Co-operative Governance & Traditional Affairs Minister Nkosazana Dlamini-Zuma said in papers before the High Court that the government will re-evaluate the alcohol ban regularly, since it wants to limit the hardships facing the economy and livelihoods during the COVID-19 lockdown.
Dlamini-Zuma made the claim in court papers explaining why government re-imposed the alcohol ban in response to a challenge by wine farmers. In papers filed in the Western Cape High Court, Dlamini-Zuma said government has no desire to leave the alcohol ban in place longer than necessary, reports News24.
“It is contemplated that the suspension of the sale of liquor will be re-evaluated with regularity as government aims to also limit hardships facing the economy and individual livelihoods during this period. There is no desire on the part of government to leave this prohibition in place for longer than it is regarded necessary,” she told the court.
The Southern African Agri Initiative, which represents 120 wine farmers, approached the court, calling the alcohol ban “irrational, arbitrary and unreasonable”. Dlamini-Zuma gave a detailed account of how the decision to reimpose the ban was arrived at, including listing several advisories received by the Ministerial Advisory Committee advising government. “I considered a wide array of empirical evidence as to whether a temporary prohibition on liquor was an appropriate tool to alleviate the burden caused by the rapidly increasing rate of transmission of COVID-19 and overcrowded hospitals, and whether less stringent methods might yield the same results.”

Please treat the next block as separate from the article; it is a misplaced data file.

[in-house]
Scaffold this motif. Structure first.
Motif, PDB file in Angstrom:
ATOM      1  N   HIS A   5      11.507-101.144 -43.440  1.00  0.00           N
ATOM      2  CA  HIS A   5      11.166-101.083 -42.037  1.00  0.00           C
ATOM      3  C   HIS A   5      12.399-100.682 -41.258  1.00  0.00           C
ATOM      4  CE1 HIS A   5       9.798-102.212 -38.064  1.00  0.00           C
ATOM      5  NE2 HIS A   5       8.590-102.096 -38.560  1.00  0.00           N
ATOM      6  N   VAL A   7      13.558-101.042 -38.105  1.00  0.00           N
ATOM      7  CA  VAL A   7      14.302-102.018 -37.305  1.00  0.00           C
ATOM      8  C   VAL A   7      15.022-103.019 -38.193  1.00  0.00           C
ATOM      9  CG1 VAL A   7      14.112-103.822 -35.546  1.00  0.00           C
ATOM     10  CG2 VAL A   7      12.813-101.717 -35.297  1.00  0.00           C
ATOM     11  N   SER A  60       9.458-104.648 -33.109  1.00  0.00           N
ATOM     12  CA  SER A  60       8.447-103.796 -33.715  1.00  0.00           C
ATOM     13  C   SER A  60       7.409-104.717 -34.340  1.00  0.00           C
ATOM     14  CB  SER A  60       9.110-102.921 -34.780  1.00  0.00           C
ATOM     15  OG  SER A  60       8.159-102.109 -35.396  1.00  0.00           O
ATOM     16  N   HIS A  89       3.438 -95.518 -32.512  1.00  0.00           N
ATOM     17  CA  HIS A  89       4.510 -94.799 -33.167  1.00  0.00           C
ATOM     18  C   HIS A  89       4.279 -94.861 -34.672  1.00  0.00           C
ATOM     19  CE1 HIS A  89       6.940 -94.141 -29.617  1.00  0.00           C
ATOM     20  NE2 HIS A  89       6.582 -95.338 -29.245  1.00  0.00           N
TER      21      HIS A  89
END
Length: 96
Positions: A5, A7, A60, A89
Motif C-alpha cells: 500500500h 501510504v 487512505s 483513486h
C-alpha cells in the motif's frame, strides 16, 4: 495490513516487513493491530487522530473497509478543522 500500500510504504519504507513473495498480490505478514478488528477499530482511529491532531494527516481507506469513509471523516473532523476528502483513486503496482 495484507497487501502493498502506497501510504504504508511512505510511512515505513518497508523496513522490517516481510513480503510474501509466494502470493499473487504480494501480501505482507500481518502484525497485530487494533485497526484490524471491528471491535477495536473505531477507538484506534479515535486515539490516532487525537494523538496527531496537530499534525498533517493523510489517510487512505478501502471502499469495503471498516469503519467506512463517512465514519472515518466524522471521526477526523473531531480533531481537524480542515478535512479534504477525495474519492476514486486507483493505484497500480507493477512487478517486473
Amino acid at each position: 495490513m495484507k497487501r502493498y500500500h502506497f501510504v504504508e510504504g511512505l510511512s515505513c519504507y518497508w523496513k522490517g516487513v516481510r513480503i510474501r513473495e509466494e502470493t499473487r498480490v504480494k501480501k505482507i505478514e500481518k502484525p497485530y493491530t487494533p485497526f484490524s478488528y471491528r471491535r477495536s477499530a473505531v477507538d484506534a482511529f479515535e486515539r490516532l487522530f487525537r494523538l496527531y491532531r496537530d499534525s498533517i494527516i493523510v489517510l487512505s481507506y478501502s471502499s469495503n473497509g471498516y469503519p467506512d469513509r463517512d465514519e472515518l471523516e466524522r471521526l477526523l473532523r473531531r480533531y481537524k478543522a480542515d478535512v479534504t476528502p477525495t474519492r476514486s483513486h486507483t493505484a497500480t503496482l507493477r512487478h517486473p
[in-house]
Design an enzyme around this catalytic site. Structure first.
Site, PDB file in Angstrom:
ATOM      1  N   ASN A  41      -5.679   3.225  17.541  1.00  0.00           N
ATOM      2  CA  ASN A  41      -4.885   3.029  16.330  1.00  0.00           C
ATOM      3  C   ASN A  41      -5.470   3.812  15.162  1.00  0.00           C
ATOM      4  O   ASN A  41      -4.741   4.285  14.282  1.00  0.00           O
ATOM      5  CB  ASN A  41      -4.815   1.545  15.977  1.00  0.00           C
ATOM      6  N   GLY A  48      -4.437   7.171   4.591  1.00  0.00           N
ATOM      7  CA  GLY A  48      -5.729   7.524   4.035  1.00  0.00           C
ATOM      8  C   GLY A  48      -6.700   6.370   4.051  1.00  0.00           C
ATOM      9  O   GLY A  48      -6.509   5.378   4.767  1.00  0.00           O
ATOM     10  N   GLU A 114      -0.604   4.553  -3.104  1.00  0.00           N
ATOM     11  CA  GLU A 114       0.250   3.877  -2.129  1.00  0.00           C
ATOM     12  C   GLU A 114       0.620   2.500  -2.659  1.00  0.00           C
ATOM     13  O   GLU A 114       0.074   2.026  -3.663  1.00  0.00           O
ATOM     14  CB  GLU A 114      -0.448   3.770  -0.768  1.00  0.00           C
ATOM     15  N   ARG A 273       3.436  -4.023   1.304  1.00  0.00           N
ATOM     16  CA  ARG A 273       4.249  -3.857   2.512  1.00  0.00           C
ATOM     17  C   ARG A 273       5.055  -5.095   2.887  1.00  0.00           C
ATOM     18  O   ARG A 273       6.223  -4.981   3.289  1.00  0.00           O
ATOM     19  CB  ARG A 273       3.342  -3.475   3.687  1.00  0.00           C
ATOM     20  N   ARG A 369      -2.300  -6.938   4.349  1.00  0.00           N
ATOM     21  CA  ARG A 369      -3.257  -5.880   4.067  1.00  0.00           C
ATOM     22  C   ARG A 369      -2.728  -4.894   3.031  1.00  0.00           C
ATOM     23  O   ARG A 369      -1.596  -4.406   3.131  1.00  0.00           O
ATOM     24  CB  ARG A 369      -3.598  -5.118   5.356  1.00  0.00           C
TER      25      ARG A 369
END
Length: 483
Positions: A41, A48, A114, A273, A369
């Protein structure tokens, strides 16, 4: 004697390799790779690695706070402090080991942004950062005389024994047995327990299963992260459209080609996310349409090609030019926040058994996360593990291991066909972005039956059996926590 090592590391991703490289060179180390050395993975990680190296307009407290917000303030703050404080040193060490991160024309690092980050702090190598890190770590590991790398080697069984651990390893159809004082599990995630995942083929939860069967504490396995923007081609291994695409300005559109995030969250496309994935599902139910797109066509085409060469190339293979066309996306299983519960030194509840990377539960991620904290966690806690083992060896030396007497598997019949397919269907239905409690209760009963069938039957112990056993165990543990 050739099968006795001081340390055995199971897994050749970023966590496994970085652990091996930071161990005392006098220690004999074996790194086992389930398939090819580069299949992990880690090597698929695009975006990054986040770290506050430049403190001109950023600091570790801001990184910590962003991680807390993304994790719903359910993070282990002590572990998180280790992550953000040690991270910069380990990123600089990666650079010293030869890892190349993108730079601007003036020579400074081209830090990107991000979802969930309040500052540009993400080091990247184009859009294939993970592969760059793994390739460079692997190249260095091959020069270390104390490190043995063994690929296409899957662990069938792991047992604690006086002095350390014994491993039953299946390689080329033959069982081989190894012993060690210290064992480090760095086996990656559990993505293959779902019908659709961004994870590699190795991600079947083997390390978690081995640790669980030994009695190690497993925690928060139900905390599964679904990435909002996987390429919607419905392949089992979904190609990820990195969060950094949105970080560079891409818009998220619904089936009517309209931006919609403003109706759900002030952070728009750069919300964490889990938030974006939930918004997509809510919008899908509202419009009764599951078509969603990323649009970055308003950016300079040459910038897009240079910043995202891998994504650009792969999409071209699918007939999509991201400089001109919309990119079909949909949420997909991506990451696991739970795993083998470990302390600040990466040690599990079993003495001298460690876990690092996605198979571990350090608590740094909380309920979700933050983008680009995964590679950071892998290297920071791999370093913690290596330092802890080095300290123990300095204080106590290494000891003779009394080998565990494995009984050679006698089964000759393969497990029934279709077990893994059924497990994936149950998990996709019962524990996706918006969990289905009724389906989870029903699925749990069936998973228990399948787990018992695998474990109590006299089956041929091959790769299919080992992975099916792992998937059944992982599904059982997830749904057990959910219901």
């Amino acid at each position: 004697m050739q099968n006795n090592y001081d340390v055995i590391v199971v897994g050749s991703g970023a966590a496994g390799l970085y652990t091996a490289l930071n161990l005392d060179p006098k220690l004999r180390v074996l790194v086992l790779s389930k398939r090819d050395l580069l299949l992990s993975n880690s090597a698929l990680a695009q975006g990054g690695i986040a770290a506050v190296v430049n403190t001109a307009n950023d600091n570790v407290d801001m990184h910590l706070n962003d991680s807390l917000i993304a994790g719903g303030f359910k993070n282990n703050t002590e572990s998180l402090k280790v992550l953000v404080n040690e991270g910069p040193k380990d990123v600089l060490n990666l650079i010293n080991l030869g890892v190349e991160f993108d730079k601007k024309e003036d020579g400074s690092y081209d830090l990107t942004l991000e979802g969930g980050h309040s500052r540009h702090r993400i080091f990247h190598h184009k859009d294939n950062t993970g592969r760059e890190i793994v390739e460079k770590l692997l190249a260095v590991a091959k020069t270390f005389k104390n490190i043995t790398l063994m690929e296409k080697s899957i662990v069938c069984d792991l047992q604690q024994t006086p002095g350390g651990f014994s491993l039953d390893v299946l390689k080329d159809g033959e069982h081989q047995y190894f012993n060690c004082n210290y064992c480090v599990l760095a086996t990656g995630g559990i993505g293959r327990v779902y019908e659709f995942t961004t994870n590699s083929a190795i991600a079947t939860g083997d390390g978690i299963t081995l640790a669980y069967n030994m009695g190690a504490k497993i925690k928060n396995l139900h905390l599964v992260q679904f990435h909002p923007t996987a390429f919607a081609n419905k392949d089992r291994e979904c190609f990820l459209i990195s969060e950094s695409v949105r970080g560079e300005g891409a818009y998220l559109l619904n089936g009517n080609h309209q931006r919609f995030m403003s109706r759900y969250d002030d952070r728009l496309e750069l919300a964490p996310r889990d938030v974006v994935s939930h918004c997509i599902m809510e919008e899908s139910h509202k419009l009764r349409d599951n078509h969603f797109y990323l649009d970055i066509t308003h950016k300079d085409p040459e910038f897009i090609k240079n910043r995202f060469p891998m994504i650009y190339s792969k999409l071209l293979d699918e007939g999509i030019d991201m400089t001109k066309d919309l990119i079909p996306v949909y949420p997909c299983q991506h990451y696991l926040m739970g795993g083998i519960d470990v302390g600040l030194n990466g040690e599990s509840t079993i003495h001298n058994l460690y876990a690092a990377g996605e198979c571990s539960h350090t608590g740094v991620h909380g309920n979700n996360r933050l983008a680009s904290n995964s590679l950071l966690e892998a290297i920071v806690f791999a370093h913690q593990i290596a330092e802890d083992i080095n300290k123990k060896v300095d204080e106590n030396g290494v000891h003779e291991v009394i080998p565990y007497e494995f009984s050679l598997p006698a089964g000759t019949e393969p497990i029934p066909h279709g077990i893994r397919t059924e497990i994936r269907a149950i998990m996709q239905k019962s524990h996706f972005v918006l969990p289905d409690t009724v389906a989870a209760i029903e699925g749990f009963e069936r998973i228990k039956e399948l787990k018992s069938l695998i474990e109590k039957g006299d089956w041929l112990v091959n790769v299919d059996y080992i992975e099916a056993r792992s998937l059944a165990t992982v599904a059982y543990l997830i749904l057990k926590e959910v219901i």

Dlamini-Zuma says in her record of decision-making running to 350 pages that wine cannot be singled out as a unique product and that “alcohol” is defined in the Liquor Act as wine, beer and any other alcoholic product. According to a report in Die Burger, Dlamini-Zuma says this does not mean the wine industry was not considered “as is evident from the fact that the production, storage and transport of alcohol for export is allowed”. The reason for the prohibition is purely to protect the country’s medical infrastructure, she says, and there is no empirical evidence that wine contributes less or more to alcohol-related hospitalisations.
Daniël Eloff, the wine farmers’ attorney, says they will now prepare supplementary papers based on the record of decision-making. He says it is immediately apparent that most of the information provided by Dlamini-Zuma referred to the initial banning of alcohol sales and not the second round.
The record also does not indicate that the government considered any alternatives to a complete alcohol sales ban to achieve the stated objectives.
Full News24 report
Full report in Die Burger (subscription needed)